Entry 252: The Porcelain Prince

I am holding in my hands right now the Official Announcement of the arrival of the Prince of Cambridge.

It has a beautiful color photograph of the new Prince, eyes closed, angelic in his princeChristening gown.  And I’m thrilled to learn that he can be mine for only $149.99 plus shipping and handling, payable in five installments, which, I believe, is an extremely reasonable price for a royal baby.

Wait a second. I’ve just read a bit further and learned that I’m holding the Official Announcement of the arrival of the Prince of Cambridge…Commemorative Baby Doll. I suppose that makes more sense, although perhaps the price no longer does.

This Prince comes not from Buckingham Palace in London, England but from The Ashton-Drake Galleries in Niles, Illinois, home also to a collection of musical Elvis baby dolls and the New York Yankees Major League Baseball Licensed Baby Doll Collection which, I was disappointed to discover, does not include an Officially Licensed Alex Rodriguez Baby Doll with a hypodermic neeyankeesdle protruding from its cute little bare butt.

Where was I?

Oh, right. The Baby George Doll.

The amazing thing about this Prince of Cambridge doll is that the offering I am looking at appeared in the New York Post just two days after the royal water breakage led to the royal labor (sorry, labour) which eventually led to the crowning of the Prince, so to speak, possibly to the blare of trumpets.

That means Ashton-Drake likely had to prepare two ads, one male, one female, and have both ready to go the moment the Prince popped. It also means the doll pictured in the ad had to have been designed and photographed well before His Highness’ Heinie showed itself, which in turn means that, unless Ashton-Drake had access to the Royal High-Definition Sonograms, any resemblance the doll has to the actual baby is purely coincidental, unless all royal babies look alike which, given the royal propensity for inbreeding, is not entirely outside the royal realm of possibility.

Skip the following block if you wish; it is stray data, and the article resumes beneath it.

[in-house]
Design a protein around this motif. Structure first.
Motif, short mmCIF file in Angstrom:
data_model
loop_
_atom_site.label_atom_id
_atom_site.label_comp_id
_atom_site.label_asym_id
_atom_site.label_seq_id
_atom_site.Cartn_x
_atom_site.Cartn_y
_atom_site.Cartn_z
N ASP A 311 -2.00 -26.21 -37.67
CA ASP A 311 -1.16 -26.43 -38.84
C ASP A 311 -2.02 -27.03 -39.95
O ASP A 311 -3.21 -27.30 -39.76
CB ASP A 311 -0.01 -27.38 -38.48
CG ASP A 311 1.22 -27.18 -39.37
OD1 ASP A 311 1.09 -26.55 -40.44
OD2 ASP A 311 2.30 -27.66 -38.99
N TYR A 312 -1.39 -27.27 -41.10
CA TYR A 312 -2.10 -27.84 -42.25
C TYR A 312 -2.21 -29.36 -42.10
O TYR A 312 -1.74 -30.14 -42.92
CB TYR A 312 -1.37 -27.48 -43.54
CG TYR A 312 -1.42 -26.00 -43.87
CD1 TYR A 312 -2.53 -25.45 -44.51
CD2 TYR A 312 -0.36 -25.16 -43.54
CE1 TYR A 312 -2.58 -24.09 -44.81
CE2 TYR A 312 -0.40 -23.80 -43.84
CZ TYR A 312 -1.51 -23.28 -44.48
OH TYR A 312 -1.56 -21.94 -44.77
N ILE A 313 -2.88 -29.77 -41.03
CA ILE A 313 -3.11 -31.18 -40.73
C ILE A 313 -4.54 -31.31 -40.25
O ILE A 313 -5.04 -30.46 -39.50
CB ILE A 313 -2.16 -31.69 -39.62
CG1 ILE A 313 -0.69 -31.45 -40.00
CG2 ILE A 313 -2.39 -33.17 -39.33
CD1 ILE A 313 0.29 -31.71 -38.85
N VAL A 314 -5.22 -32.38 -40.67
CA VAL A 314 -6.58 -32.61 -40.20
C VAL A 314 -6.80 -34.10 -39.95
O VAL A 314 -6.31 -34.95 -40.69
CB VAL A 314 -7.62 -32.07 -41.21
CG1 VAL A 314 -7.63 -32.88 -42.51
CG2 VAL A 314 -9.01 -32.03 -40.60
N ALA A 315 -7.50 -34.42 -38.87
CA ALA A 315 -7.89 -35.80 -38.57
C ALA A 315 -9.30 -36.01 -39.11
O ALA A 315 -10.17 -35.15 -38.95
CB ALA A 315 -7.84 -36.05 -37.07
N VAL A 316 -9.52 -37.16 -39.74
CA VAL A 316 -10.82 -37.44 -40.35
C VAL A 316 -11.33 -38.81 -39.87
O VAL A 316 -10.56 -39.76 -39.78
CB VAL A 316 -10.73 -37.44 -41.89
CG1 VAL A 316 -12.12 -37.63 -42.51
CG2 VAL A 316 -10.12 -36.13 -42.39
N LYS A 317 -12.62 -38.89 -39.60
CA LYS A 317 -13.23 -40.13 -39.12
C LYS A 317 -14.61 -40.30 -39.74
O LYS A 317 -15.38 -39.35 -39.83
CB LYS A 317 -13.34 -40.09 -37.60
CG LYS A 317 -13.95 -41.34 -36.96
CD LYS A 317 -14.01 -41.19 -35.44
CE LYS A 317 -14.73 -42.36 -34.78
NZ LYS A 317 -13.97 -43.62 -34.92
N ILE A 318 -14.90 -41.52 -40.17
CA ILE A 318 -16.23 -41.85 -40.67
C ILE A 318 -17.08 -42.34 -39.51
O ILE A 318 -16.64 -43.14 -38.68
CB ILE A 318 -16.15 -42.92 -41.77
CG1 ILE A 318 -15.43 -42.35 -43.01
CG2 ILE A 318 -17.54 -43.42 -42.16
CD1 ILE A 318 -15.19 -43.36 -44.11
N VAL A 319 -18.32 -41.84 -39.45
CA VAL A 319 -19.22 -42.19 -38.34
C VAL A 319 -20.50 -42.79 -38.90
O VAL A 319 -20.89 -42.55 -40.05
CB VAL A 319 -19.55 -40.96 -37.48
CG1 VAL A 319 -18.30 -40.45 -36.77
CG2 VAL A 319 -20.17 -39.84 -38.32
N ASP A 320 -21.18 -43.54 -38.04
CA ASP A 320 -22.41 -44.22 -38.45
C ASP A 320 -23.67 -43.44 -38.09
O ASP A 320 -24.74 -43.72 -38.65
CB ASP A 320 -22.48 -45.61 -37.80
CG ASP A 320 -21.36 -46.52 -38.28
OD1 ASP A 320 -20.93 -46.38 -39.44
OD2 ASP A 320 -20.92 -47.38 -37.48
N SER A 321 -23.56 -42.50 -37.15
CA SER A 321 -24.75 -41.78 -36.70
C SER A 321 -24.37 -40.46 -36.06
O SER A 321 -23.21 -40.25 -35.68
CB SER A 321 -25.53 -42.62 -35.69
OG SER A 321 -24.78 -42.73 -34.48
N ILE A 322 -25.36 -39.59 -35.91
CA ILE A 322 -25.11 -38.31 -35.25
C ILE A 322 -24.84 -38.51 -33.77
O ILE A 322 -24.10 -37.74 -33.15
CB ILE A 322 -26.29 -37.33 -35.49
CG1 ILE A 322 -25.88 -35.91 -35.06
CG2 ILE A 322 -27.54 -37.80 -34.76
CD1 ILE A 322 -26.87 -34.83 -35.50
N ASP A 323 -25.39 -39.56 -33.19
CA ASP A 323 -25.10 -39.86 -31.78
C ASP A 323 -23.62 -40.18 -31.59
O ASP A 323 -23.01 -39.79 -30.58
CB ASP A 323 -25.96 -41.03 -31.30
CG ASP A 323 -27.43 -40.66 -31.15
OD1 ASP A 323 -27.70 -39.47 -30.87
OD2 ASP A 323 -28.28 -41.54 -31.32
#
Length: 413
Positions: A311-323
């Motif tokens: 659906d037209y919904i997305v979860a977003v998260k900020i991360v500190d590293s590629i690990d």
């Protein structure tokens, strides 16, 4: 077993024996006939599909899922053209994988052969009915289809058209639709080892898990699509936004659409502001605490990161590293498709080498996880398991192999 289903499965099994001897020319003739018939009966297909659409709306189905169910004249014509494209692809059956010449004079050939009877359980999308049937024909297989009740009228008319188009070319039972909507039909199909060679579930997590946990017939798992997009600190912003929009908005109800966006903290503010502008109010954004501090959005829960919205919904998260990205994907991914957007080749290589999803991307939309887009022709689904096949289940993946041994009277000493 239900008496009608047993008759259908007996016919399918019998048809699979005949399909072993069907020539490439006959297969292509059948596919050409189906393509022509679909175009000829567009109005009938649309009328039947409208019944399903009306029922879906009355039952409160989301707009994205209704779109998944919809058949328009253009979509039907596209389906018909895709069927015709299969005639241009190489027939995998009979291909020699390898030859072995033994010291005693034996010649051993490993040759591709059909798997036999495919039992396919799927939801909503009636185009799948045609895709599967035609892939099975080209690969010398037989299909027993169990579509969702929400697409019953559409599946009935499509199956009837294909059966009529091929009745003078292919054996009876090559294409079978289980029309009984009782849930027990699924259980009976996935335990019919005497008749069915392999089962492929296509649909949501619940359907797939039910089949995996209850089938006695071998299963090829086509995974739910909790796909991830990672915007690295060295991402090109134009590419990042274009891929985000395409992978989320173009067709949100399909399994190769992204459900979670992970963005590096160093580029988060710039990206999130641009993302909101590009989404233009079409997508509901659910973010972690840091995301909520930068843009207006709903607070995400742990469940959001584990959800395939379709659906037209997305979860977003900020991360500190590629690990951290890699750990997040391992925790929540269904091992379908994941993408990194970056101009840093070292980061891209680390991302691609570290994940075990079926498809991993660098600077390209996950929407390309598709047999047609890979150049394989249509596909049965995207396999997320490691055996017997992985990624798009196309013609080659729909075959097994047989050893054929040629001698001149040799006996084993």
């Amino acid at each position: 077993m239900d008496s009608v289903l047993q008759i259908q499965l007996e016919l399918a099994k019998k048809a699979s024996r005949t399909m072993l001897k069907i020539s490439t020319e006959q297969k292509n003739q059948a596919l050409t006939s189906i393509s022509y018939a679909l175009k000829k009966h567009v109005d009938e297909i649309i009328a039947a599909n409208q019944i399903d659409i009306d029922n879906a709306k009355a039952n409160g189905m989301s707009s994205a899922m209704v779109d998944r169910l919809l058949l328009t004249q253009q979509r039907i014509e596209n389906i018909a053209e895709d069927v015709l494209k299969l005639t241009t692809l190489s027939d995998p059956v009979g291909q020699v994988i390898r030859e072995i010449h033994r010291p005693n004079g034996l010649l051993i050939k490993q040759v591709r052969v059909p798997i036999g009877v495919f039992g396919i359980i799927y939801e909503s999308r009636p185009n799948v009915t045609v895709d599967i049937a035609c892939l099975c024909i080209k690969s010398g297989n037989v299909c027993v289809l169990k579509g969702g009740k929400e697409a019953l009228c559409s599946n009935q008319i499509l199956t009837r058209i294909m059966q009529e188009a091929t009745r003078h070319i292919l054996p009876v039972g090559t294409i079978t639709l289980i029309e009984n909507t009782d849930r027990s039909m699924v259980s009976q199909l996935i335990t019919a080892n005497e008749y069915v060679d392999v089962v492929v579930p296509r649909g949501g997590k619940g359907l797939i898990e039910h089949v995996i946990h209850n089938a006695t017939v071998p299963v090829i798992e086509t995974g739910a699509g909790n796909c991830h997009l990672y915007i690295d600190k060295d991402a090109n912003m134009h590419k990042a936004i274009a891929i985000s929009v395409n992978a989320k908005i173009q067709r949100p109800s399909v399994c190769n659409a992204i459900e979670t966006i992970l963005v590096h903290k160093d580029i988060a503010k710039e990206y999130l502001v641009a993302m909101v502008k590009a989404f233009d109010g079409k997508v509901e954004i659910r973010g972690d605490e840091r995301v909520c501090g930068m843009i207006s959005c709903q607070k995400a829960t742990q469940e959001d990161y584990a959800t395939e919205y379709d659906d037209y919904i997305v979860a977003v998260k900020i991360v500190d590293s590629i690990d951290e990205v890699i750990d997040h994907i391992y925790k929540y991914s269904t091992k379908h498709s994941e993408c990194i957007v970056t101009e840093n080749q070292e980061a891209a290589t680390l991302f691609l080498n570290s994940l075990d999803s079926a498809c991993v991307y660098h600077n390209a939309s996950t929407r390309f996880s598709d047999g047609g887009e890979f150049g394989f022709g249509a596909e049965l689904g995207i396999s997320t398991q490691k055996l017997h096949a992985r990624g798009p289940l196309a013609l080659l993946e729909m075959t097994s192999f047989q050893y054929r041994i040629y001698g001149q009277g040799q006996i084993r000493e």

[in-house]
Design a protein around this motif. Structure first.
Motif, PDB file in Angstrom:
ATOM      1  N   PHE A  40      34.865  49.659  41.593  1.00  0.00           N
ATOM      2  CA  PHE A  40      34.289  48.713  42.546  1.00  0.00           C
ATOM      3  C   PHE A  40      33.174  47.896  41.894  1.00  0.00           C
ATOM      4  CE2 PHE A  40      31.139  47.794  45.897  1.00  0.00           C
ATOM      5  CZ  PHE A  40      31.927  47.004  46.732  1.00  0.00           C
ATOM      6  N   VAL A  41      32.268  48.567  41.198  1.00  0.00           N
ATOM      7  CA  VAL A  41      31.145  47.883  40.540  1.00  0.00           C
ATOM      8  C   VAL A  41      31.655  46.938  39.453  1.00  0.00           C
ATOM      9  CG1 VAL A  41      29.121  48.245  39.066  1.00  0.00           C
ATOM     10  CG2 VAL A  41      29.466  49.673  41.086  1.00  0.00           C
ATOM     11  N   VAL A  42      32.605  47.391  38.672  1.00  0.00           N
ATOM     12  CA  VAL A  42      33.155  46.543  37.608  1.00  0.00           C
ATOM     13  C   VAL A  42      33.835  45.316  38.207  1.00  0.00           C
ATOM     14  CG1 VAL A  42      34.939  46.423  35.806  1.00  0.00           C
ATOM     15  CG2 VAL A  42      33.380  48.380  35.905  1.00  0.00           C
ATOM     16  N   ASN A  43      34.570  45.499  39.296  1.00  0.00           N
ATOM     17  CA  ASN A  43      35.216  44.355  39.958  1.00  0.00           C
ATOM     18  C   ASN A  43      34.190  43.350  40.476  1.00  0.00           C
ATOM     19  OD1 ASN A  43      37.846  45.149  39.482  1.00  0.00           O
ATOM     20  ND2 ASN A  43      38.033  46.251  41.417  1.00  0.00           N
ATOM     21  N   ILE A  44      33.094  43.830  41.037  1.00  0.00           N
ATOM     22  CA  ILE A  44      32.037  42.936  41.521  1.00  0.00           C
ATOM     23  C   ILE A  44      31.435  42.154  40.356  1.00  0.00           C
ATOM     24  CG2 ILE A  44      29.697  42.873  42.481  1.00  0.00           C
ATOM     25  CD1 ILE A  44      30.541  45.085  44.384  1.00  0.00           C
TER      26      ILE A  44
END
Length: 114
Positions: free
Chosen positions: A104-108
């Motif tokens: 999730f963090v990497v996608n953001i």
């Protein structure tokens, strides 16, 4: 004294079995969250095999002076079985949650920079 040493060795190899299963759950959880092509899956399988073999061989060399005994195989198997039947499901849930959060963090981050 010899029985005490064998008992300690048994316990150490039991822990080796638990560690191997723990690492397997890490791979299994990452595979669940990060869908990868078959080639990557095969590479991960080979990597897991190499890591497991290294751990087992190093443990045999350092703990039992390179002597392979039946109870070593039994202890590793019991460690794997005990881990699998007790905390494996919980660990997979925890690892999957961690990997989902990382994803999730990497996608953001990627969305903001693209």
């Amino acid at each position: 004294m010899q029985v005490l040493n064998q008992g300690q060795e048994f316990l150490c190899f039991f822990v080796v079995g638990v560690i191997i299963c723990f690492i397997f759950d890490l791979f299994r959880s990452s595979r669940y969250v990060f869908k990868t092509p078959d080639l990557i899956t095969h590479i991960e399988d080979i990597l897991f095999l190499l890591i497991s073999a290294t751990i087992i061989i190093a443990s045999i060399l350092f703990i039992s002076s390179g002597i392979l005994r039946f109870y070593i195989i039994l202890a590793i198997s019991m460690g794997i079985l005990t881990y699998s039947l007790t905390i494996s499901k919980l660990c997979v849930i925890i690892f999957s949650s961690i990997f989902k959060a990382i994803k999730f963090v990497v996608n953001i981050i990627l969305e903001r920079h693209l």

In case you think this doll is a piece of crap intended to take advantage of gullible old lady Anglophiles, I’ll have you know that it is a true work of art by “one of the world’s most renowned doll artists, Fiorenza Biancheri,” who has, according to the ad, captured “this historic moment in her signature award-winning style.” Evidently, she also captured the historic moment before it actually happened. Too bad she’s not one of the world’s most renowned stock market artists.

Lest you see the Prince naked, the doll comes swaddled in a “luxurious 30-inch Christening gown inspired by the one originally commissioned by Queen Victoria and worn by his father William, and other royal babies ever since.”

Is that true? Has the British Empire really deteriorated to the point where its Princes have to wear hand-me-downs?

Your doll also comes with a pillow featuring the Prince’s name and birth date, and it had better be a big pillow if it’s going to say “His Royal Highness Prince George Alexander Louis of Cambridge.” You also get a custom Collector’s Box without which you would not be able to keep your doll “Mint in Box.” And, of course, you’ll receive a Certificate of Authenticity in case somebody thinks you have a fake Prince of Cambridge commemorative baby doll, which I’m sure you’ll soon be able to purchase for five bucks on any street corner in downtown Manhattan.

You should also know that this hand-painted porcelain prince is a limited edition, the limit being how many they can make in “95 firing days.” I don’t know what a firing day is, or how many dolls that might be, but I expect that they’ll somehow manage to squeeze in at least as many dolls as they have orders for.

Reserve your Prince of Cambridge Commemorative Baby Doll now, folks. Trust me–you do not want to have to get into a bidding war on eBay a few months from now.

Those old lady Anglophiles can be vicious!

See you soon.

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